Five years ago, I was diagnosed with breast cancer…The treatment was lengthy and exhausting: surgery, chemotherapy, radiation therapy, hormonal therapy… When it was finally over, I felt like I just came back from nuclear war. Completely drained, worn-out… unsure about how to live further.
My doctors mentioned I could reach out to an organization named Wellspring at the Sunnybrook Hospital – that offers support to cancer patients and their families.
Interestingly, Wellspring receives no hospital or government funding and exists strictly on private and corporate donations. There are nine centers in Canada: two – in Toronto and one each – in Oakville, Brampton, Calgary, Edmonton, London, Niagara, and Stratford. They are open every day and you can just walk in, no appointment needed.
This is how I ended up in Wellspring at Sunnybrook … I remember my first visit and the sense of genuine warmth and care… At the entrance, a volunteer greeted me, asked me about the reason for my visit and gave me a questionnaire to fill out. Then, he told me about the programs in the center and offered me cookies and a cup of tea… The center looked nice and cozy, decorated with taste, nice paintings on the walls. There’s a kitchen, a gym, a library with computers, as well as a few rooms with couches to relax if needed.
Then, they showed me a schedule of programs – intended to improve the physical and emotional condition of cancer patients. It’s updated monthly, and all available programs can be found on www.wellspring.ca. It’s worth saying that all programs are free and conducted by certified specialists – experienced in working with oncology patients.
Out of many-many programs offered at the center, my favourite were:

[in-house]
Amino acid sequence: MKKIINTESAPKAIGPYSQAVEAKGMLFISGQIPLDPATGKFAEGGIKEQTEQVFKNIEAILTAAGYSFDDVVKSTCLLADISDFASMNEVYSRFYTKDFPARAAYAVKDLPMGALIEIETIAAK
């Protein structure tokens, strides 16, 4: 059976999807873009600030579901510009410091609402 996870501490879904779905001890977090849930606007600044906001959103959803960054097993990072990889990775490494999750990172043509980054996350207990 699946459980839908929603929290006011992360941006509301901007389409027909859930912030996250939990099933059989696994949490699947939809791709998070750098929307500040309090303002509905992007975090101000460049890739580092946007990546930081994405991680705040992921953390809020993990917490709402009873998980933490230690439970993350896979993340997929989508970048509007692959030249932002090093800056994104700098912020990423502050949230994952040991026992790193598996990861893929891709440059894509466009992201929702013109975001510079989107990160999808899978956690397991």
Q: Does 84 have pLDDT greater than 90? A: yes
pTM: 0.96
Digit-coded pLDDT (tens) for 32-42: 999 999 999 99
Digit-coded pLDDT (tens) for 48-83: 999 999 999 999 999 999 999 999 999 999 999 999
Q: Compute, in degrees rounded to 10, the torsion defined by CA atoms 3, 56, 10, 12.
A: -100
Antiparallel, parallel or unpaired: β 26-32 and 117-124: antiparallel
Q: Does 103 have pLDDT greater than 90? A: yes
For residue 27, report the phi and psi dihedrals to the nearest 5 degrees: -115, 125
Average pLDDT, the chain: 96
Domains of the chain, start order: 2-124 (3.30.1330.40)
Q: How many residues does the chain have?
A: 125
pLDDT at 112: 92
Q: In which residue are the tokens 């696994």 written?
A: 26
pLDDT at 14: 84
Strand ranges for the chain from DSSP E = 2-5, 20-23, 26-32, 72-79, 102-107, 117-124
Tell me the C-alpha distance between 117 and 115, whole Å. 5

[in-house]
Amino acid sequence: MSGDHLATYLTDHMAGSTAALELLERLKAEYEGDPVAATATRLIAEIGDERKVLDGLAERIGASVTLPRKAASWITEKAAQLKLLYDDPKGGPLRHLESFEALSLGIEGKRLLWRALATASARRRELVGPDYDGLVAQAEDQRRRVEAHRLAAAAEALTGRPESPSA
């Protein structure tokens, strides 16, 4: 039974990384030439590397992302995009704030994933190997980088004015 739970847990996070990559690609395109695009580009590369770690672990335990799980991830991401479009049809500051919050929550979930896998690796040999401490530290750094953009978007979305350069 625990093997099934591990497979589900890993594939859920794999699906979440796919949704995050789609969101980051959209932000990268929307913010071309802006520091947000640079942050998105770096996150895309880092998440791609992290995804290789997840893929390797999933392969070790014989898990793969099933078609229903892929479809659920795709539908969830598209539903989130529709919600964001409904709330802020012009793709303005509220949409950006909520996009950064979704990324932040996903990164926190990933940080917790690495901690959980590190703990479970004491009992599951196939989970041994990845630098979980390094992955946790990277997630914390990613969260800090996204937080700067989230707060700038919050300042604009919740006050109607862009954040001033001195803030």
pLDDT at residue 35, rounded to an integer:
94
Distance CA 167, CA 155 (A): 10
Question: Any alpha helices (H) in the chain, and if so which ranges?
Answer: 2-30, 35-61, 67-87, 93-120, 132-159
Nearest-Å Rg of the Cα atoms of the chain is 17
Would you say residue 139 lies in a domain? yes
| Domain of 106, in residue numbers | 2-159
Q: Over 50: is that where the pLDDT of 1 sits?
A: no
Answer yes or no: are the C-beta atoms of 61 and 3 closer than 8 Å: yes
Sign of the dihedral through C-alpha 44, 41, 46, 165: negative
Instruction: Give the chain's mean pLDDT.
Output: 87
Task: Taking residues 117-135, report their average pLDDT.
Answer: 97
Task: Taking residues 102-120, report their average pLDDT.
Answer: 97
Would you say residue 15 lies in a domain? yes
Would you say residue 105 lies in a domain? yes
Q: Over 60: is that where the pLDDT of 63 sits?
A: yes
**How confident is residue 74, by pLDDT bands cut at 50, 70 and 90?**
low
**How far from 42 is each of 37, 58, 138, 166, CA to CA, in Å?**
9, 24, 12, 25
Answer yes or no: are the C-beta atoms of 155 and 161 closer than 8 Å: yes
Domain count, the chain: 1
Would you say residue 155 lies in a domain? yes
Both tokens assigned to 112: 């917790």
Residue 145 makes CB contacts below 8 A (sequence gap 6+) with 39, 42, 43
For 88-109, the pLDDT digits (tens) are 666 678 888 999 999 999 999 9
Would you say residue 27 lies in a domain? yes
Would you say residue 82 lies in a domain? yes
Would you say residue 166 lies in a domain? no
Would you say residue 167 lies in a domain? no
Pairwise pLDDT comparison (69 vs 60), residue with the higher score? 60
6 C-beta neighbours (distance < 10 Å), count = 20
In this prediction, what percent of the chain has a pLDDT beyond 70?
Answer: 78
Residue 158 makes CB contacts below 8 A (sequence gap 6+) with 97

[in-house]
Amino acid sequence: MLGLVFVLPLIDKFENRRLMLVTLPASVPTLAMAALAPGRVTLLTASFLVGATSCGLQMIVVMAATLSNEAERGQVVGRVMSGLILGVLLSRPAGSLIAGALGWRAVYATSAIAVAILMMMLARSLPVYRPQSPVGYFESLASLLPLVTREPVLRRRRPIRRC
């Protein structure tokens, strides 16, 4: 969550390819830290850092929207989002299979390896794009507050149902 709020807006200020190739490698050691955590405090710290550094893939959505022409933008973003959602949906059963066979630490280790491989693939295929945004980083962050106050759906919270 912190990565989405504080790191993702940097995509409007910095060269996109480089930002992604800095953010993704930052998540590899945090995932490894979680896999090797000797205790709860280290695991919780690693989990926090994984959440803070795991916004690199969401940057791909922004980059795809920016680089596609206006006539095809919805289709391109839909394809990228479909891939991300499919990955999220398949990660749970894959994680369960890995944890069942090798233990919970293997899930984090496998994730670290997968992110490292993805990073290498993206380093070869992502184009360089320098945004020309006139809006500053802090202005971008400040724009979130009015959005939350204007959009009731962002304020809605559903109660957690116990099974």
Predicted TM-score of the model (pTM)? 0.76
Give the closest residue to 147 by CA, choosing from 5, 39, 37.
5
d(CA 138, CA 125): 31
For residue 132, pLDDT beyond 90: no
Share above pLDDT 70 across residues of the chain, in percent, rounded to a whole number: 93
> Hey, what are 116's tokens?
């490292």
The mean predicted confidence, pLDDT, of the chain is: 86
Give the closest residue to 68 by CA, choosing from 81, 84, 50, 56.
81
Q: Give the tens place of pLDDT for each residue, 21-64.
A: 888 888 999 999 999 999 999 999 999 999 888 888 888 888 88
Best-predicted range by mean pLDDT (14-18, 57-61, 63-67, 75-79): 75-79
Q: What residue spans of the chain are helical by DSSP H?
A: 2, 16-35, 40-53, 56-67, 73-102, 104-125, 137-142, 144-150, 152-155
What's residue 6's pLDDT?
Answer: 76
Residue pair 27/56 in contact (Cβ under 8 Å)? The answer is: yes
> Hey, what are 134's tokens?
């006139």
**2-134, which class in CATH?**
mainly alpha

Talks and seminars:
- Naturopathy (information on how to strengthen the immune system and overall health with natural remedies);
- Breast cancer and nutrition (tons of useful information on a healthy diet for people with cancer); and ”Super Healthy Food” – information about food products, based on facts and scientific researches.
- “Money Matters “- talk about the financial side of things for people with cancer;
- “Meeting with a Lawyer “- questions related to the legislation, for example, that cancer patients cannot be discriminated, dismissed from work (in this case the employer can be sued), etc.
- “Cancer Fitness”- exercises to restore physical condition;
- Yoga (low impact) and meditation – to help restore physical strength and mobility. The instructors monitor closely blood pressure, pulse, etc. and gradually increase the intensity of exercises.
- Qigong (low impact)
- “Cancer Journey” – an amazing psychology class; helps accept yourself at this moment and in this state, and move on. Conducted by a psychotherapist with 30 years of experience at Princess Margaret Hospital & Hospice.
- “Art Therapy” – a great class, helps to distract yourself from pain and ease your mind. For me personally, it helped forget about the pain after radiotherapy.
- “Brain Fog Therapy” conducted by a neurologist; helps to restore the ability to think clearly, focus, to improve memory.